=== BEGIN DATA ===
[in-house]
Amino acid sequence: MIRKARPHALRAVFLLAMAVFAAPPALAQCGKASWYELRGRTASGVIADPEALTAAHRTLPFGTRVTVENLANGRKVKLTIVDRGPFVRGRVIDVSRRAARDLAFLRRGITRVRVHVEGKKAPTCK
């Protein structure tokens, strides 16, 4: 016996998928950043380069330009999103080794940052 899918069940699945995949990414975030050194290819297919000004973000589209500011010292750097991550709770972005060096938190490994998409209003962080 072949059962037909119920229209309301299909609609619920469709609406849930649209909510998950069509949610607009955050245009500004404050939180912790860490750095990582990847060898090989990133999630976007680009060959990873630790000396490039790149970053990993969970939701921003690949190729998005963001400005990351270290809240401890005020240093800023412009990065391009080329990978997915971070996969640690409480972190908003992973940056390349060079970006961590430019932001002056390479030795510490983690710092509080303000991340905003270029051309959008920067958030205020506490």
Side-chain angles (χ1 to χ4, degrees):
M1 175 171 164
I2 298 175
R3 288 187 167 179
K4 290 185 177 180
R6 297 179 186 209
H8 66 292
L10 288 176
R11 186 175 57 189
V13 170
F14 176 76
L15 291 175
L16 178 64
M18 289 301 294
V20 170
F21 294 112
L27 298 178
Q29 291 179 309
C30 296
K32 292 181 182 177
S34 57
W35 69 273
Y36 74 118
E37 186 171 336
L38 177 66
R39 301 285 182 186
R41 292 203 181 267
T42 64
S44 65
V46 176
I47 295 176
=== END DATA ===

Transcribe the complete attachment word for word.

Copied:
[in-house]
Amino acid sequence: MIRKARPHALRAVFLLAMAVFAAPPALAQCGKASWYELRGRTASGVIADPEALTAAHRTLPFGTRVTVENLANGRKVKLTIVDRGPFVRGRVIDVSRRAARDLAFLRRGITRVRVHVEGKKAPTCK
């Protein structure tokens, strides 16, 4: 016996998928950043380069330009999103080794940052 899918069940699945995949990414975030050194290819297919000004973000589209500011010292750097991550709770972005060096938190490994998409209003962080 072949059962037909119920229209309301299909609609619920469709609406849930649209909510998950069509949610607009955050245009500004404050939180912790860490750095990582990847060898090989990133999630976007680009060959990873630790000396490039790149970053990993969970939701921003690949190729998005963001400005990351270290809240401890005020240093800023412009990065391009080329990978997915971070996969640690409480972190908003992973940056390349060079970006961590430019932001002056390479030795510490983690710092509080303000991340905003270029051309959008920067958030205020506490």
Side-chain angles (χ1 to χ4, degrees):
M1 175 171 164
I2 298 175
R3 288 187 167 179
K4 290 185 177 180
R6 297 179 186 209
H8 66 292
L10 288 176
R11 186 175 57 189
V13 170
F14 176 76
L15 291 175
L16 178 64
M18 289 301 294
V20 170
F21 294 112
L27 298 178
Q29 291 179 309
C30 296
K32 292 181 182 177
S34 57
W35 69 273
Y36 74 118
E37 186 171 336
L38 177 66
R39 301 285 182 186
R41 292 203 181 267
T42 64
S44 65
V46 176
I47 295 176